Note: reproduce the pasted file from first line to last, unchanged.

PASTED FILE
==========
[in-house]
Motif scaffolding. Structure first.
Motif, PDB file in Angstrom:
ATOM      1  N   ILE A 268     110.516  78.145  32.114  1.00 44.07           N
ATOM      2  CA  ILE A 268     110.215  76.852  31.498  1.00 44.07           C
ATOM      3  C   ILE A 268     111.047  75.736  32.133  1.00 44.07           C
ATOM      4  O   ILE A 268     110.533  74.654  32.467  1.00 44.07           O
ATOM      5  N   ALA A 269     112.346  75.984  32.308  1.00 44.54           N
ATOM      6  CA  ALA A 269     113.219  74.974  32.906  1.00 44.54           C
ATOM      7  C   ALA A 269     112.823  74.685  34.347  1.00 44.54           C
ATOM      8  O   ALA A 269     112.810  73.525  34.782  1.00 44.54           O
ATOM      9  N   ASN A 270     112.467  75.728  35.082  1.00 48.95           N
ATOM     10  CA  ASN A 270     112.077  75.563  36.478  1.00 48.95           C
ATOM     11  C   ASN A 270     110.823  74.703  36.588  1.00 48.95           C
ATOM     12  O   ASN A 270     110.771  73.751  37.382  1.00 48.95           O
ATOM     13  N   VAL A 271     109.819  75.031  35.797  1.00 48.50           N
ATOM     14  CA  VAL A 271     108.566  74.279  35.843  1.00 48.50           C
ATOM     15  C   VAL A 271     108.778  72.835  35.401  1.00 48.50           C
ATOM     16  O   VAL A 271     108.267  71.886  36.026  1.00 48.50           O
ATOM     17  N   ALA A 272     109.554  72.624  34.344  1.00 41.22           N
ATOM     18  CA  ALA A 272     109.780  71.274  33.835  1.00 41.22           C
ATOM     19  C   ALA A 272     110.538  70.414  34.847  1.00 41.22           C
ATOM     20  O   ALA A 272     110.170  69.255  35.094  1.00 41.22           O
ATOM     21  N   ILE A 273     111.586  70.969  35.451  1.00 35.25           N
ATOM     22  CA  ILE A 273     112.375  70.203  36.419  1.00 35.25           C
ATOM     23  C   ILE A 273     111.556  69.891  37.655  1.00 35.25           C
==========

[in-house]
Motif scaffolding. Structure first.
Motif, PDB file in Angstrom:
ATOM      1  N   ILE A 268     110.516  78.145  32.114  1.00 44.07           N
ATOM      2  CA  ILE A 268     110.215  76.852  31.498  1.00 44.07           C
ATOM      3  C   ILE A 268     111.047  75.736  32.133  1.00 44.07           C
ATOM      4  O   ILE A 268     110.533  74.654  32.467  1.00 44.07           O
ATOM      5  N   ALA A 269     112.346  75.984  32.308  1.00 44.54           N
ATOM      6  CA  ALA A 269     113.219  74.974  32.906  1.00 44.54           C
ATOM      7  C   ALA A 269     112.823  74.685  34.347  1.00 44.54           C
ATOM      8  O   ALA A 269     112.810  73.525  34.782  1.00 44.54           O
ATOM      9  N   ASN A 270     112.467  75.728  35.082  1.00 48.95           N
ATOM     10  CA  ASN A 270     112.077  75.563  36.478  1.00 48.95           C
ATOM     11  C   ASN A 270     110.823  74.703  36.588  1.00 48.95           C
ATOM     12  O   ASN A 270     110.771  73.751  37.382  1.00 48.95           O
ATOM     13  N   VAL A 271     109.819  75.031  35.797  1.00 48.50           N
ATOM     14  CA  VAL A 271     108.566  74.279  35.843  1.00 48.50           C
ATOM     15  C   VAL A 271     108.778  72.835  35.401  1.00 48.50           C
ATOM     16  O   VAL A 271     108.267  71.886  36.026  1.00 48.50           O
ATOM     17  N   ALA A 272     109.554  72.624  34.344  1.00 41.22           N
ATOM     18  CA  ALA A 272     109.780  71.274  33.835  1.00 41.22           C
ATOM     19  C   ALA A 272     110.538  70.414  34.847  1.00 41.22           C
ATOM     20  O   ALA A 272     110.170  69.255  35.094  1.00 41.22           O
ATOM     21  N   ILE A 273     111.586  70.969  35.451  1.00 35.25           N
ATOM     22  CA  ILE A 273     112.375  70.203  36.419  1.00 35.25           C
ATOM     23  C   ILE A 273     111.556  69.891  37.655  1.00 35.25           C